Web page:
A) Is the reason that ‘warmists’ believe in climate change just because they want to, and does that mean CC is just made up?
    B) Are my views/beliefs biasing my own interpretation of the social science evidence?

    Here’s my thoughts on A: Broadly – and there is a longer version of this answer – you can draw a pretty clean distinction between ‘everyday reasoning’ and ‘the scientific method’. If you think all scientists are corrupt/lying etc, then I don’t expect you to think that the scientific method IS different. But for the vast majority of people who don’t think like this, the scientific method – through which we can measure temperature, observe the effect of CO2, conduct model runs etc – is pretty much insulated from motivated reasoning. Without wishing to be too reductionist, ‘the data are the data’.

    So no, the reality of climate change is not some by-product of lefty wishes for a world government – although you can’t be surprised that if someone wants (for example) a world government, that they wouldn’t use every bit of evidence available to support this. So climate science can be used in support of political ends, of course – but that doesn’t mean it is not real. If the argument is that certain organisations/campaigners/whoever have over-egged the risks, then that is also undoubtedly true – but again, this doesn’t mean the actual, non-exaggerated, underlying science isn’t real (and plenty are under-egging it).

    So my main point is there are real scientific ‘facts’ (which have been compiled using pretty much bias-free scientific reasoning), but that these facts get fed into everyone’s everyday reasoning filter as soon as we move from a systematic assessment of the science base, and start asking ‘so what does it mean, and what should we do about it’.

    Here’s my thoughts on B: This one is much easier to answer I think. Am I ignoring any counter-evidence? No. Am I influencing the outcome of research or selectively reporting certain things? No.

    Here’s some findings from the literature: Climate scepticism is statistically associated with a certain set of social views. Belief in climate change fell between 2008-2010. Concern about climate change also fell during this time. Older, white men tend to be more sceptical, on average. People are about as concerned about energy security as they are about climate change. The more people know about ‘solar radiation management’ geoengineering, the less they like it.

    I personally agree with some of those statements, disagree with others. But what I think has no bearing on whether they are true of not. Just like the various scientific findings that comprise ‘climate change’, these various findings comprise ‘public perceptions of climate change’.

    These are other people’s opinons, not mine, I’m just reporting them – although of course (and I believe this is the SMOKING GUN often alluded to in comments) I do have an interest beyond that, in that I hold the mildly, unremarkably normative view that there should more public engagement with climate change.

    3. So this leads on to the big question – what do I mean by that? Again, a reasonable question, and one which needs a proper answer. You don’t have to agree with it, but it’s the way I see things, and its not an especially contentious position I don’t think.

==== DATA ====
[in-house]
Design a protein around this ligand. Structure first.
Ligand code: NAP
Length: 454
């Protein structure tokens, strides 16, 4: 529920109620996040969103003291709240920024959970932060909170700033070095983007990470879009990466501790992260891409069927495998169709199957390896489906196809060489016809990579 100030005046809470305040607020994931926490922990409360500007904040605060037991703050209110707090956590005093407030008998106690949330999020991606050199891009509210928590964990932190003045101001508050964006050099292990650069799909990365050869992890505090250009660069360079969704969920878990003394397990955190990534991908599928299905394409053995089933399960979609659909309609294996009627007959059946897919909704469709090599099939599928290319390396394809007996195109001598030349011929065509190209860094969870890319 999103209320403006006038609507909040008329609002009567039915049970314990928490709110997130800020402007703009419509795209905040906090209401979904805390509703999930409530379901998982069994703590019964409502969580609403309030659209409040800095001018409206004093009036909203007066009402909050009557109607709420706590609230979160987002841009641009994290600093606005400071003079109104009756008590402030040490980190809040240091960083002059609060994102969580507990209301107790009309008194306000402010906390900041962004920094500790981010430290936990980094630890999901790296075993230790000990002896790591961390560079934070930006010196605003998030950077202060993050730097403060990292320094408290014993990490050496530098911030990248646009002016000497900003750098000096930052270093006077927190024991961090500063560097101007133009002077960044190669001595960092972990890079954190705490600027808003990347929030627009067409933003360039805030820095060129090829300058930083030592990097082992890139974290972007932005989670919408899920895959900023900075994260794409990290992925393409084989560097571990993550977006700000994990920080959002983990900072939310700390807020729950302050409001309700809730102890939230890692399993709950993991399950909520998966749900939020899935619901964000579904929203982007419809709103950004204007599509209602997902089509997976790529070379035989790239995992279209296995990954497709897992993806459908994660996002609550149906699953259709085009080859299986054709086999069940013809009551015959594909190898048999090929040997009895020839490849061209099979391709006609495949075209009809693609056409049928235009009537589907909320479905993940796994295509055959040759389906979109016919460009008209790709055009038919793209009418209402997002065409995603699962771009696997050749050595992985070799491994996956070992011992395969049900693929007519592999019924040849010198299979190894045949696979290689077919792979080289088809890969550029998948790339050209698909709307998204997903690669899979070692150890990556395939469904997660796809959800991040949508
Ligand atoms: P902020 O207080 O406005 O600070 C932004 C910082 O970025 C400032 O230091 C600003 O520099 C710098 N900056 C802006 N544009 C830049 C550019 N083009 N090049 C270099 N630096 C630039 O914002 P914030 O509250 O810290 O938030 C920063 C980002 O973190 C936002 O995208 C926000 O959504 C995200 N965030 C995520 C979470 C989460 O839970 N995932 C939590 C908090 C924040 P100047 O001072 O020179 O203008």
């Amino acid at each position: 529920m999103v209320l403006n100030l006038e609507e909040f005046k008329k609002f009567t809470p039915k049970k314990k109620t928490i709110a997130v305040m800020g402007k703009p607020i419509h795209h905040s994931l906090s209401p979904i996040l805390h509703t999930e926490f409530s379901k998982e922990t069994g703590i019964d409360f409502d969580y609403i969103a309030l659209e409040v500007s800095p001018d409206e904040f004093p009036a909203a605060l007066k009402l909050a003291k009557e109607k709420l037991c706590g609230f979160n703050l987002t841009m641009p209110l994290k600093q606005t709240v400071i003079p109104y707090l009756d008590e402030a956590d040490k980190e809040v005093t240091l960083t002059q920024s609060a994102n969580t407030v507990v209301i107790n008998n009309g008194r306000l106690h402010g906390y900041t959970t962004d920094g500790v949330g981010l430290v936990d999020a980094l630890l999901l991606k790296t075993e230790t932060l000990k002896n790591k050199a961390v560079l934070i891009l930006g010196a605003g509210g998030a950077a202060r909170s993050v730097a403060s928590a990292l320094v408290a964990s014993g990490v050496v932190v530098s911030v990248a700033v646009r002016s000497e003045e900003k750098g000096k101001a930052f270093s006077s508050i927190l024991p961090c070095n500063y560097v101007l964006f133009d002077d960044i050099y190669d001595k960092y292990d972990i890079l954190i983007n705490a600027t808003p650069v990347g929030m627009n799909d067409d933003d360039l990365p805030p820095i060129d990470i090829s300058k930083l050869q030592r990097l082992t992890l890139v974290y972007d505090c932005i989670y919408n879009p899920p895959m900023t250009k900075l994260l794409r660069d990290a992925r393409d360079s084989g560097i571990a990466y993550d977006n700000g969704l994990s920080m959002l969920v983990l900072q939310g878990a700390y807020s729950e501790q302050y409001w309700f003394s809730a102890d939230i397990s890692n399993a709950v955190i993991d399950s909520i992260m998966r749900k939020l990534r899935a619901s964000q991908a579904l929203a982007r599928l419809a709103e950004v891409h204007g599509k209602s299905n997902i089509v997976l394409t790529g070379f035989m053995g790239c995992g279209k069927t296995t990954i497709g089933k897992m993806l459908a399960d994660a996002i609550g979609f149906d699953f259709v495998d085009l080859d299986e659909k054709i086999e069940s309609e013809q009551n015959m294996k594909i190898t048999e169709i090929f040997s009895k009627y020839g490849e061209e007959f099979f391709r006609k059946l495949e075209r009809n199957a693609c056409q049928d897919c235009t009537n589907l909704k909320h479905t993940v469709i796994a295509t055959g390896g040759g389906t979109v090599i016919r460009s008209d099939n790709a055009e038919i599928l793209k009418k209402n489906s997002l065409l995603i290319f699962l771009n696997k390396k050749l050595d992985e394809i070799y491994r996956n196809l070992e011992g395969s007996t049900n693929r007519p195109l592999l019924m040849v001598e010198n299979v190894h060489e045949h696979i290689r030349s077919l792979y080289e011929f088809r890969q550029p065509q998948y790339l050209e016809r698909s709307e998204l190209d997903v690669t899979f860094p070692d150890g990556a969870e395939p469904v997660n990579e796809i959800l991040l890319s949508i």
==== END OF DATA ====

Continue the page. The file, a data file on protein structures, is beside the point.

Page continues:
Look at the history of how social science interacts with the world around it. It has rarely been some purely observational endeavour – there is an entire mega-field of psychology that goes under the heading of ‘persuasion’, which stretched back to the 50s at least, and which has variously spawned off shoots such as THE ENTIRE MARKETING INDUSTRY, all health campaigns (smoking/obesity etc), and for at least the last 15 years or so, has included research that has sought to measure – and at time provide tools for influencing – attitudes and behaviours around the environment and climate change. It is certainly not just me and my mates in a room – there are dozens of journals that have published this stuff for years, search through the database on Talking Climate and you’ll find hundreds of papers. This is an established field of academic study.

    So is this an appropriate thing for (often publically funded) researchers to be studying? I obviously think it is, and so do the funders of the research, and the universities where the researchers work – but only because the underlying knowledge base on climate change and the need to move (somehow – I’m not advocating a particular policy) to a more sustainable society is considered to be so un-contentious (in terms of the basic questions – I am well aware that there is a great deal that is unknown etc etc, and there always will be – but the basic issues – is it warming, does this pose us threats – are not controversial).

    Psychologists ask questions like ‘how can we increase the chance that people will recycle/drive less/eat more healthily/smoke less/be happier’ all the time. It is praised and respected as ‘applied’ research, it is routinely funded, and it is published in a wide variety of academic journals. You may think that this violates a line between ‘objective’ research and ‘activism’, but few people seem to consider this to be the case, and neither do I.